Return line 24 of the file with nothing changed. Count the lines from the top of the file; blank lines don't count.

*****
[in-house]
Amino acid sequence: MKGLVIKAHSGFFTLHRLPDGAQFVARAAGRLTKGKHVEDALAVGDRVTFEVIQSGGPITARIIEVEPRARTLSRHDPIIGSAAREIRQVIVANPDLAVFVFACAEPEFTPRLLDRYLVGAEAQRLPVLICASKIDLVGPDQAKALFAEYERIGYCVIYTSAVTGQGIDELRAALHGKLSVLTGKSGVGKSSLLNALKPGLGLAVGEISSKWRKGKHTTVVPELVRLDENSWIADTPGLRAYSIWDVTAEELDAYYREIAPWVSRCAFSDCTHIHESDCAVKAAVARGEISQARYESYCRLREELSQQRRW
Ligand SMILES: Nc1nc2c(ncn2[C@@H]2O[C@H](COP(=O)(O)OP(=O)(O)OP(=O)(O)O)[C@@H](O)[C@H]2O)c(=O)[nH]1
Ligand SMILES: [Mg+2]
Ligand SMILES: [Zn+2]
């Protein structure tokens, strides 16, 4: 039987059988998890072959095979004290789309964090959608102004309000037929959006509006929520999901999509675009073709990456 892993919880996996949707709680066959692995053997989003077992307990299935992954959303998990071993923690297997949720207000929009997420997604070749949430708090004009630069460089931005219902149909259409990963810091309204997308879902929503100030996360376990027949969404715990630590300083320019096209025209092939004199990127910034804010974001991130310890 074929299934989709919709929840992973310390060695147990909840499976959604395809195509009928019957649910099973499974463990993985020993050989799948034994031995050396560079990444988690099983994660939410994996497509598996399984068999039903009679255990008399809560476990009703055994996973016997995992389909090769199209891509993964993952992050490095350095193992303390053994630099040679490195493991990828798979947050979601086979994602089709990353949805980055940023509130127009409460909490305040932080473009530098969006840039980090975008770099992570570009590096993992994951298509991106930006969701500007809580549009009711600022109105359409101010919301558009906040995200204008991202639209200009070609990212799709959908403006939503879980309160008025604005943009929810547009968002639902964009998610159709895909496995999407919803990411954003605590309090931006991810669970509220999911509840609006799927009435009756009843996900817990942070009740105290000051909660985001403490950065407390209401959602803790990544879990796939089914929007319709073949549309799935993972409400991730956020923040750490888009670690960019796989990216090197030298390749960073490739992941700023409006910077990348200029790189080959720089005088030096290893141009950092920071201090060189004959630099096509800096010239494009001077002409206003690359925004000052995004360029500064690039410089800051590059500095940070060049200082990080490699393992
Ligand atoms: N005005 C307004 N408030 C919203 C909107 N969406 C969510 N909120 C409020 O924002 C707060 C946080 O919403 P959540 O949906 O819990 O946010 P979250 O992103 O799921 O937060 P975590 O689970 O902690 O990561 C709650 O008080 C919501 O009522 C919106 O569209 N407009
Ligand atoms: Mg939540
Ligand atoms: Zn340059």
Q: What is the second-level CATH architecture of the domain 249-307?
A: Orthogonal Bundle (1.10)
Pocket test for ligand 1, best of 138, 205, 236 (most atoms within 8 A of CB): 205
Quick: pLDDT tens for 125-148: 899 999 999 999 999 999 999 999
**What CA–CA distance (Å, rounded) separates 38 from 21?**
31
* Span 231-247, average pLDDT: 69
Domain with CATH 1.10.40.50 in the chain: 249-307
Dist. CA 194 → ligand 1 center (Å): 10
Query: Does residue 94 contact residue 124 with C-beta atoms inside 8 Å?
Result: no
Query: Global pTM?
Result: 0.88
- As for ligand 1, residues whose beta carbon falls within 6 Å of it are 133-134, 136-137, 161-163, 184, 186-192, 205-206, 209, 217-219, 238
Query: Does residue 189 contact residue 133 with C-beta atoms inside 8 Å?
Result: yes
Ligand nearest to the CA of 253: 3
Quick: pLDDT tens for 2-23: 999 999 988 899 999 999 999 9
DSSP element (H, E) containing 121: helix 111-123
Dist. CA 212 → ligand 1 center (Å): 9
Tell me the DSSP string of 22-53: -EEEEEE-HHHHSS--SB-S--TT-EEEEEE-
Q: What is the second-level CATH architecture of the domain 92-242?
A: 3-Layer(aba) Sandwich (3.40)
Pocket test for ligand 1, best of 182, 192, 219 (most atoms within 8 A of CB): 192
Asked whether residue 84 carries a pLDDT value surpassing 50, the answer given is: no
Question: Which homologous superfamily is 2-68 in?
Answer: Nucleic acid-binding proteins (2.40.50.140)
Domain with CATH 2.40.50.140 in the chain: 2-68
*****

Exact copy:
Query: Does residue 189 contact residue 133 with C-beta atoms inside 8 Å?